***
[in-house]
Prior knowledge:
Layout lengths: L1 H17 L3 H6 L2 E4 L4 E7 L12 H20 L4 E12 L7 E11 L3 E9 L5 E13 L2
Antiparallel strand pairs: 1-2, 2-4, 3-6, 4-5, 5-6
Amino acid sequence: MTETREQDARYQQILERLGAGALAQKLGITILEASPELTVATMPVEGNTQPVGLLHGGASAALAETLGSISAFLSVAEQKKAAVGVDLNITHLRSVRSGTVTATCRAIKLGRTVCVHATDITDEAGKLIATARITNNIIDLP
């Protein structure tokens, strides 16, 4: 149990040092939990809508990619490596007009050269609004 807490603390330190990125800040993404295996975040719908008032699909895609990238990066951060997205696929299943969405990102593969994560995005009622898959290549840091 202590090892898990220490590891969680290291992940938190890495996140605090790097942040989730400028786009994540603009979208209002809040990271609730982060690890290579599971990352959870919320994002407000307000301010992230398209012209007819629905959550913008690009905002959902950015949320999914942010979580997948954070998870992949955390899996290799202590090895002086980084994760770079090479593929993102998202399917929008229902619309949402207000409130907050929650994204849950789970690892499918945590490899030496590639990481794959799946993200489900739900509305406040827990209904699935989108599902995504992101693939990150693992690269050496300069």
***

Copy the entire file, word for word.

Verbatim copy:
[in-house]
Prior knowledge:
Layout lengths: L1 H17 L3 H6 L2 E4 L4 E7 L12 H20 L4 E12 L7 E11 L3 E9 L5 E13 L2
Antiparallel strand pairs: 1-2, 2-4, 3-6, 4-5, 5-6
Amino acid sequence: MTETREQDARYQQILERLGAGALAQKLGITILEASPELTVATMPVEGNTQPVGLLHGGASAALAETLGSISAFLSVAEQKKAAVGVDLNITHLRSVRSGTVTATCRAIKLGRTVCVHATDITDEAGKLIATARITNNIIDLP
């Protein structure tokens, strides 16, 4: 149990040092939990809508990619490596007009050269609004 807490603390330190990125800040993404295996975040719908008032699909895609990238990066951060997205696929299943969405990102593969994560995005009622898959290549840091 202590090892898990220490590891969680290291992940938190890495996140605090790097942040989730400028786009994540603009979208209002809040990271609730982060690890290579599971990352959870919320994002407000307000301010992230398209012209007819629905959550913008690009905002959902950015949320999914942010979580997948954070998870992949955390899996290799202590090895002086980084994760770079090479593929993102998202399917929008229902619309949402207000409130907050929650994204849950789970690892499918945590490899030496590639990481794959799946993200489900739900509305406040827990209904699935989108599902995504992101693939990150693992690269050496300069």